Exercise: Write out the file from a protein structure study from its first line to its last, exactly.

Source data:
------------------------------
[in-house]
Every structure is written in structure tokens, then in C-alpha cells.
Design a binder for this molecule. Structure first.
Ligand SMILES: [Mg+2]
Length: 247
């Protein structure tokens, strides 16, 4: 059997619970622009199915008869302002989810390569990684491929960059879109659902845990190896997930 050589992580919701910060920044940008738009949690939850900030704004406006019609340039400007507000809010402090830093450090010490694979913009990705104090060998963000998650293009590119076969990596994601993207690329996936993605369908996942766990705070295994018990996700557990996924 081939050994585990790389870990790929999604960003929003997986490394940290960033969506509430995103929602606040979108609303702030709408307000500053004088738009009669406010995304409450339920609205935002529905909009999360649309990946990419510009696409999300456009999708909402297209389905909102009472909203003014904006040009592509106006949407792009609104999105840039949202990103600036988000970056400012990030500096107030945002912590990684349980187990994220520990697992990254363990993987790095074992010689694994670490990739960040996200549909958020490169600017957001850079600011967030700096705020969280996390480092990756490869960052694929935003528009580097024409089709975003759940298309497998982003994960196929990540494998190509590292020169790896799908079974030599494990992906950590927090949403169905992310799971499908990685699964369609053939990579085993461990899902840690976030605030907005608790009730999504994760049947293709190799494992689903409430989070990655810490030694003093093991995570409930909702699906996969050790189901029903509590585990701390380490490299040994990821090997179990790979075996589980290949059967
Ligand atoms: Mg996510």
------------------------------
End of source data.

[in-house]
Every structure is written in structure tokens, then in C-alpha cells.
Design a binder for this molecule. Structure first.
Ligand SMILES: [Mg+2]
Length: 247
């Protein structure tokens, strides 16, 4: 059997619970622009199915008869302002989810390569990684491929960059879109659902845990190896997930 050589992580919701910060920044940008738009949690939850900030704004406006019609340039400007507000809010402090830093450090010490694979913009990705104090060998963000998650293009590119076969990596994601993207690329996936993605369908996942766990705070295994018990996700557990996924 081939050994585990790389870990790929999604960003929003997986490394940290960033969506509430995103929602606040979108609303702030709408307000500053004088738009009669406010995304409450339920609205935002529905909009999360649309990946990419510009696409999300456009999708909402297209389905909102009472909203003014904006040009592509106006949407792009609104999105840039949202990103600036988000970056400012990030500096107030945002912590990684349980187990994220520990697992990254363990993987790095074992010689694994670490990739960040996200549909958020490169600017957001850079600011967030700096705020969280996390480092990756490869960052694929935003528009580097024409089709975003759940298309497998982003994960196929990540494998190509590292020169790896799908079974030599494990992906950590927090949403169905992310799971499908990685699964369609053939990579085993461990899902840690976030605030907005608790009730999504994760049947293709190799494992689903409430989070990655810490030694003093093991995570409930909702699906996969050790189901029903509590585990701390380490490299040994990821090997179990790979075996589980290949059967
Ligand atoms: Mg996510």